How common is an agency agreement *Success Fee*?

folkvictorianAugust 23, 2011

A few years ago we purchased a property using an agent from Madison, Wisconsin. The Agency Agreement that we signed included language regarding a Success Fee, stating that the fee was due even if the deal failed to close. Our deal did close, so we didn't have to deal with paying a commission on a dead deal....but is this type of language common?

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I have not heard of that. Why would you have agreed to that?
Are you sure that it did not mean that if the agent found a willing, ready and able buyer at an agreed upon price, then you would owe a commission if you defaulted under the terms of the contract? I have heard of this arrangement.

    Bookmark   August 24, 2011 at 1:01PM
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Thank you for the answer, NCR. To clarify, here's the language:

"If this Agreement calls for a success fee, it is agreed that Broker has earned the success fee if, during the term of this Agreement, Buyer or any person acting on behalf of Buyer acquires an interest in property or enters into an enforceable written contract between owner and Buyer to acquire an interest in property, at any terms and price acceptable to owner and Buyer. Broker's compensation remains due and payable if an enforceable written contract entered into by Buyer fails to close. Once earned, Broker's compensation is due and payable at the earlier of closing or the date set for closing, unless otherwise stated in writing."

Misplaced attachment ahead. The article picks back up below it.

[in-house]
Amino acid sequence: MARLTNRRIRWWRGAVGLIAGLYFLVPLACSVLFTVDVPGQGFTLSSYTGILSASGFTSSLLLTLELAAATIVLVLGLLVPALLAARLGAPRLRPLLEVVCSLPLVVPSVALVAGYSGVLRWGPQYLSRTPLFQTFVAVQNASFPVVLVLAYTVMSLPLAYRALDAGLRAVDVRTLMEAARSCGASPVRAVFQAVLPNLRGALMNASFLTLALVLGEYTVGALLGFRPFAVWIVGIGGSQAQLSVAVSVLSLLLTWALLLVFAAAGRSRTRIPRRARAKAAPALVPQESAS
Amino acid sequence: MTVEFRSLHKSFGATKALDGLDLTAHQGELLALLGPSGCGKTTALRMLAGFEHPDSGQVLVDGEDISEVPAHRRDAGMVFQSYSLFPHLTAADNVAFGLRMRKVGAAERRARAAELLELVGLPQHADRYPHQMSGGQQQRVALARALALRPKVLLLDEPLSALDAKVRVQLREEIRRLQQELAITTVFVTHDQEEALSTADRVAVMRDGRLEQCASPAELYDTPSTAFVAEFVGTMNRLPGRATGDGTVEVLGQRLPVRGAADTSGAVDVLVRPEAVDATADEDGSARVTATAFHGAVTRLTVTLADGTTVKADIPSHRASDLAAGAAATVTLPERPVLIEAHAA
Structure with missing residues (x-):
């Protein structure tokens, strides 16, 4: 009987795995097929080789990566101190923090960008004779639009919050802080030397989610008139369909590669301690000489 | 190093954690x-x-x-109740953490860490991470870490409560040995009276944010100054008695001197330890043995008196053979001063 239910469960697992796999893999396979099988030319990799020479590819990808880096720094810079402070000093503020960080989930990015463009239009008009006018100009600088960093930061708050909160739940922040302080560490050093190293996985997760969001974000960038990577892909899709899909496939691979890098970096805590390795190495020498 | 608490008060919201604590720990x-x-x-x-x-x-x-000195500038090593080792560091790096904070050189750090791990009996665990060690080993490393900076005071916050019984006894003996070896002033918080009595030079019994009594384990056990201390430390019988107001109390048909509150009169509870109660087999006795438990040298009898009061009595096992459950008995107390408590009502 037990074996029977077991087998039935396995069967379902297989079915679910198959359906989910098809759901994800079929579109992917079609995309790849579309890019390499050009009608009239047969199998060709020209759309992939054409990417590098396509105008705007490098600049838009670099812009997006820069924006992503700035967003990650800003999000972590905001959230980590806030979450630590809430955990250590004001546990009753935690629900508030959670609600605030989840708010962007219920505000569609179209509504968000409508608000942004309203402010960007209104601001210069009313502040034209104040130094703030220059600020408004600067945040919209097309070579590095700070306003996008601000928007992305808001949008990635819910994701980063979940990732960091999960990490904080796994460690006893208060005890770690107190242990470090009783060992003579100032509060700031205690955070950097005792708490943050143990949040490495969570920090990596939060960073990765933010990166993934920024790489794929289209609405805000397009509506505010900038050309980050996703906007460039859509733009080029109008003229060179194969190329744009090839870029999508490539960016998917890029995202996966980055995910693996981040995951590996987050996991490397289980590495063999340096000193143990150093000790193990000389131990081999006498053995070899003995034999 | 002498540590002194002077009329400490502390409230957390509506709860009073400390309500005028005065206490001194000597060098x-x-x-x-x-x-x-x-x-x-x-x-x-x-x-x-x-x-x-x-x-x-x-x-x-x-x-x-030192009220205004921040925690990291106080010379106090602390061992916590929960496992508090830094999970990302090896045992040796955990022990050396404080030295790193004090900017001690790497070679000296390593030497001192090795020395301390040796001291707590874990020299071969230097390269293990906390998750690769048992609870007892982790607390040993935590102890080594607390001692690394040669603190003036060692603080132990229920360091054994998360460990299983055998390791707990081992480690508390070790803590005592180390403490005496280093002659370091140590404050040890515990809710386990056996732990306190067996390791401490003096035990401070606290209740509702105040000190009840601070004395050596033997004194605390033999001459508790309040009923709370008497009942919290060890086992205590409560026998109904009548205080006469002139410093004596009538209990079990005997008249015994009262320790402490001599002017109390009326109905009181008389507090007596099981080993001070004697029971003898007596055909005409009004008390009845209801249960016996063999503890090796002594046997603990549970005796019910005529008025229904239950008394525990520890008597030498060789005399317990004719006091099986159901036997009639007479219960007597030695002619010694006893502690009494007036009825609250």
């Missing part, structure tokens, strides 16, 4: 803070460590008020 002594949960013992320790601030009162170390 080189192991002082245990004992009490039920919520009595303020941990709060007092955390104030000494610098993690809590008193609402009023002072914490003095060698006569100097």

To me, it sounds like we would have owed the $$ no matter who broke the contract, once it was entered into. Am I reading it incorrectly? Since I've only received one answer to my question, I'm guessing this isn't common. The real estate deal we closed was for a very small amount.

    Bookmark   August 28, 2011 at 3:07PM
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Looks like a 'buyers agent' agreement that is trying to collect from the buyer if they screw up.

Since they do not have a contract with the seller they cannot collect from them if the deal falls apart.

    Bookmark   August 29, 2011 at 9:13AM
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" between owner and Buyer to acquire an interest in property,"

One could argue that the transfer of interest in a property happens when ownership changes hands at closing.
It is badly written and in need of consumer/buyer protection clauses.

    Bookmark   August 30, 2011 at 1:12AM
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OK, it's loud and clear that this clause isn't the norm and if we ever see anything like it again, we should avoid it! Thank you one and all.

    Bookmark   August 31, 2011 at 3:32PM
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